The character models also leave somewhat of a “I’ve seen this guy before” feeling in your mouth, because they do resemble the Gears of War models very closely.  Grayson is straight up the love child of Marcus and Dom from Gears of War.  It’s like the people at PCF said, “Hey what would it look like if we made Marcus bone Dom?”, and that was their artistical inspiration for their main character.  Bulletstorm’s characters feel so similar to GOW that someone could tell you that Grayson was actually a COG before he became a drunken space pirate, and you wouldn’t think about questioning them.  PCF took too many cues from Gears of War when it came to Bulletstorm’s character models in my opinion.  If you’re going to work with EPIC and use the Unreal Engine, you should at least make sure that your characters can’t even be remotely mistaken for another franchise’s.

My last gripe with Bulletstorm is the over use of foul language.  Don’t get me wrong, I consider my first language to be swearing, but when you hear the word d*ck in front of ever possible noun in this game, you’ll slowly find yourself cringing at it within a few hours of playing.  I even think Beavis and Butthead would get tired of hearing the d*ck word after a session of the Bulletstorm campaign.  This vulgar dialogue eventually led me to believe that maybe the guys behind ‘Next Star Wars‘ may have written the script, because they’re the masters of saying the same foul phrase over and over, and for good measure, over!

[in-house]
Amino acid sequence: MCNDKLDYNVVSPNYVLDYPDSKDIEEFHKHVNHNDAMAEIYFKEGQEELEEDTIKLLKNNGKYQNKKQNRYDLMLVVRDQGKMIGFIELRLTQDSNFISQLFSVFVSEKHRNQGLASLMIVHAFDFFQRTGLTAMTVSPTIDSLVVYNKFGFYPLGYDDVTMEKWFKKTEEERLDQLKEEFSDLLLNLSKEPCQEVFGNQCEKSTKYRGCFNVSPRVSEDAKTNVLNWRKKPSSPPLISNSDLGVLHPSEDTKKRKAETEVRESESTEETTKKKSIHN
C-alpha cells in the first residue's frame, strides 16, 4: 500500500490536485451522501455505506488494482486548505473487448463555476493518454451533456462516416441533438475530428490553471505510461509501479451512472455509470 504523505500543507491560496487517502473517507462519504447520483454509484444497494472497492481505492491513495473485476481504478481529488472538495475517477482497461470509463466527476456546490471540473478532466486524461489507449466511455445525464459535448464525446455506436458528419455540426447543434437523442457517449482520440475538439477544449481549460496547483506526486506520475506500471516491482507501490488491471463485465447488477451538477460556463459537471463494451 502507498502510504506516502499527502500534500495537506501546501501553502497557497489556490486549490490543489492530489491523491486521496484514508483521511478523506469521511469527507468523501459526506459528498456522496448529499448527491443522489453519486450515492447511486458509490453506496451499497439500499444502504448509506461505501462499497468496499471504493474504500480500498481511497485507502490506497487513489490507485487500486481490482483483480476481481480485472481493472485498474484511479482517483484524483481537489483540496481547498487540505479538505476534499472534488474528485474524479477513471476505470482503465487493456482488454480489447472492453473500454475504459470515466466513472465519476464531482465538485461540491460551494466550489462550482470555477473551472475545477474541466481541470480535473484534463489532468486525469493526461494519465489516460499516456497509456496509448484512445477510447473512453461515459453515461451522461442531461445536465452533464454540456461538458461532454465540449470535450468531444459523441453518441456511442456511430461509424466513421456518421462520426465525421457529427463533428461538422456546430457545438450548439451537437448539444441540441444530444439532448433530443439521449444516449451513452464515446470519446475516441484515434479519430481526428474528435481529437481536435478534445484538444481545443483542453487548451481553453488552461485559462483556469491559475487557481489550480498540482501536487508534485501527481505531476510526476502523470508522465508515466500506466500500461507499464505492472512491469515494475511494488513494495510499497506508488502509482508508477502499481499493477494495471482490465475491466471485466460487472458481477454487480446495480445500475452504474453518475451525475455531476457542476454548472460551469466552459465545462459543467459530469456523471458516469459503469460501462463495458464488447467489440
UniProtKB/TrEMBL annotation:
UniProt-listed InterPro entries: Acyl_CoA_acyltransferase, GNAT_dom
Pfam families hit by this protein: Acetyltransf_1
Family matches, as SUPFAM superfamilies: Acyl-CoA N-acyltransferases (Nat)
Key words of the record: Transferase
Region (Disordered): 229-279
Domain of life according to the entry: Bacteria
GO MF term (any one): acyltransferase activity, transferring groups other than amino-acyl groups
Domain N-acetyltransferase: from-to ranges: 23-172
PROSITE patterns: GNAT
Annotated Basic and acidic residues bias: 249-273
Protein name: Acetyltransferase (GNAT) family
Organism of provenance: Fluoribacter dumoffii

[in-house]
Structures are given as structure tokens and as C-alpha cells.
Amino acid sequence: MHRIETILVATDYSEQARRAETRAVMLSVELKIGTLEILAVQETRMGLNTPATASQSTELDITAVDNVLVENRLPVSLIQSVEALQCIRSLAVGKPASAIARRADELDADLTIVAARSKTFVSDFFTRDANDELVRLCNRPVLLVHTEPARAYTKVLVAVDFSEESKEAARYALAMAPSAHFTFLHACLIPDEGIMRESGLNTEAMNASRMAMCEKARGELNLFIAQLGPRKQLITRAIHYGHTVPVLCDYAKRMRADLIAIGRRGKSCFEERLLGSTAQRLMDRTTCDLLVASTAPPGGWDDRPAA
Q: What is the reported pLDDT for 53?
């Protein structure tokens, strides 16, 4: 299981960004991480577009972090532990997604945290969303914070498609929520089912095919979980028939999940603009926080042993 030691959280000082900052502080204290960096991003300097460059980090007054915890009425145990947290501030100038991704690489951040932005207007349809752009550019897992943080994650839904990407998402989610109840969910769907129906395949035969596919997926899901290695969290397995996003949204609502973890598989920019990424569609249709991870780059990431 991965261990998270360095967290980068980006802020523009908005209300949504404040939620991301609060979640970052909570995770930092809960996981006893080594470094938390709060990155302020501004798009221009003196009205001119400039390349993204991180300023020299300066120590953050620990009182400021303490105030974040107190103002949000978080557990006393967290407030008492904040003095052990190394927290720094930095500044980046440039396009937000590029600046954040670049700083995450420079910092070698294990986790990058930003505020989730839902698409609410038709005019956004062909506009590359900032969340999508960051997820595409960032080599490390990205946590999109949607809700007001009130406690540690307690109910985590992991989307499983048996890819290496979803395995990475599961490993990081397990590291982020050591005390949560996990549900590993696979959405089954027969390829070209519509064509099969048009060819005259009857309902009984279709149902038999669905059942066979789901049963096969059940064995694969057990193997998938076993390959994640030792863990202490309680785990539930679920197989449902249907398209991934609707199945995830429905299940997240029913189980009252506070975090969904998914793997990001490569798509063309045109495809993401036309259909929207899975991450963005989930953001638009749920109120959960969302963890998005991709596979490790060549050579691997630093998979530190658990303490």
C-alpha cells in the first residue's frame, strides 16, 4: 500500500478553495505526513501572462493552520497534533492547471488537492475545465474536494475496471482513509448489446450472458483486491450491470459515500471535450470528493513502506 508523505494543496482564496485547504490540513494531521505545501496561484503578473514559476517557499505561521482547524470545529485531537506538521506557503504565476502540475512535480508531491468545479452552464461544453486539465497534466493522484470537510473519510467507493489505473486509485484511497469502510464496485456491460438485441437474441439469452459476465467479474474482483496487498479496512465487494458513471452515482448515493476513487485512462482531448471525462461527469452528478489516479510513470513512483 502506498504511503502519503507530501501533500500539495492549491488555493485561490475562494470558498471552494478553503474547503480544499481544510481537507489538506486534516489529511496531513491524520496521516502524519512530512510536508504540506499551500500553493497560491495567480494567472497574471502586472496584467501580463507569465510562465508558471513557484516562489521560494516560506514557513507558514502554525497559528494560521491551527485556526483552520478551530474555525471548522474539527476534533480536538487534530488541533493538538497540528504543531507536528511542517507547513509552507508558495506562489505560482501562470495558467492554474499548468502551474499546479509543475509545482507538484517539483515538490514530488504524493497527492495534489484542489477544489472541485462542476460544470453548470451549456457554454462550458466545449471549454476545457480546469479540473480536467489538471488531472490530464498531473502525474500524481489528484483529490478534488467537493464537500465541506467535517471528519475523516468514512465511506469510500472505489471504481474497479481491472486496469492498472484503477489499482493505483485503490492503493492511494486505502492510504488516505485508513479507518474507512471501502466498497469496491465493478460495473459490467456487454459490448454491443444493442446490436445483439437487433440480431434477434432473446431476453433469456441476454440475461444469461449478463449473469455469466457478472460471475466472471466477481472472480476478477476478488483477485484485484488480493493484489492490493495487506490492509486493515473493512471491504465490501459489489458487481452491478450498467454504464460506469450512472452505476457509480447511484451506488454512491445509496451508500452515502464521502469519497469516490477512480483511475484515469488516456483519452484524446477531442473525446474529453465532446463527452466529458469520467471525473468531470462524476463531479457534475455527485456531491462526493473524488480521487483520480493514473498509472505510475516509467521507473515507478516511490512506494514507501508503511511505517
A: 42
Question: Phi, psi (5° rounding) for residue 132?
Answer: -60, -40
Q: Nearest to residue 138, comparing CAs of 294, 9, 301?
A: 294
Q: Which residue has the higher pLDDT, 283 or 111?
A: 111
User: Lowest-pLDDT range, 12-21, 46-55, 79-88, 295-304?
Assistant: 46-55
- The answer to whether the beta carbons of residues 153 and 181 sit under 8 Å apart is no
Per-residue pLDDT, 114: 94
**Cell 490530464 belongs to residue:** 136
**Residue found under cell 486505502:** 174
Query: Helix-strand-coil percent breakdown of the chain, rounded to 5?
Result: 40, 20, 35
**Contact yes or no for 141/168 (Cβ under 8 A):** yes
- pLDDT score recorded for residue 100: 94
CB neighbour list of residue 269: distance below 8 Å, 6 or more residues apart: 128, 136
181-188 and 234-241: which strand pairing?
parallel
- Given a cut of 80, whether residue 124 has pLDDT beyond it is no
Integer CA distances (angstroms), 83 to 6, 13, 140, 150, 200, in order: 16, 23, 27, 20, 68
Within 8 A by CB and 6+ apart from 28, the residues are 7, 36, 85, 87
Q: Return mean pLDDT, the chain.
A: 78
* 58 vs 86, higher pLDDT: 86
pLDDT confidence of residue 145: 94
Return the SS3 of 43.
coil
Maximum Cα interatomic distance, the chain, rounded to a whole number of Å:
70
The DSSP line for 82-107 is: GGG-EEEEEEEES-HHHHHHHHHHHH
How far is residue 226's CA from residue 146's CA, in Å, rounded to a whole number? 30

The Verdict

Even with the cut scene issues, Gears of War character look-a-likes, and a script that a foul mouthed 3 year-old could have written, Bulletstorm is a must buy.  I give it an E.B. 8/10 for its creative kill with skill gameplay.  This addition to the FPS genre shouldn’t go unnoticed, because it provides a fresh new take on shooters that have been getting pretty formulaic.  Bulletstorm definitely succeeded in distinguishing itself from the FPS pack with its innovative gameplay.  The campaign is a blast that you won’t easily put down, and the Echo mode should provide some intense friend list competitions through its leader boards.  The multiplayer component may not be as deep as a Call of Duty, but it should give you a great way to d*ck around with your gaming buddies when you don’t feel like getting beat up by 10 year-olds in Halo or COD.  If you’ve been needing a new game to play pick up Bulletstorm today!  You’ve been trying to execute the skill shot that involves controlling a sniper bullet into a bad guys a*shole…


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Matt Heywood

The author Matt Heywood

Matt Heywood is the founder and EIC of where he strives to make you a better geek, one post at a time! When he’s not scouring the Internet for interesting nuggets of awesomeness he can be found in his secret lair enjoying the latest and greatest video games, taking pictures of toys, or talking Star Wars on EB’s Star Wars Time podcast show.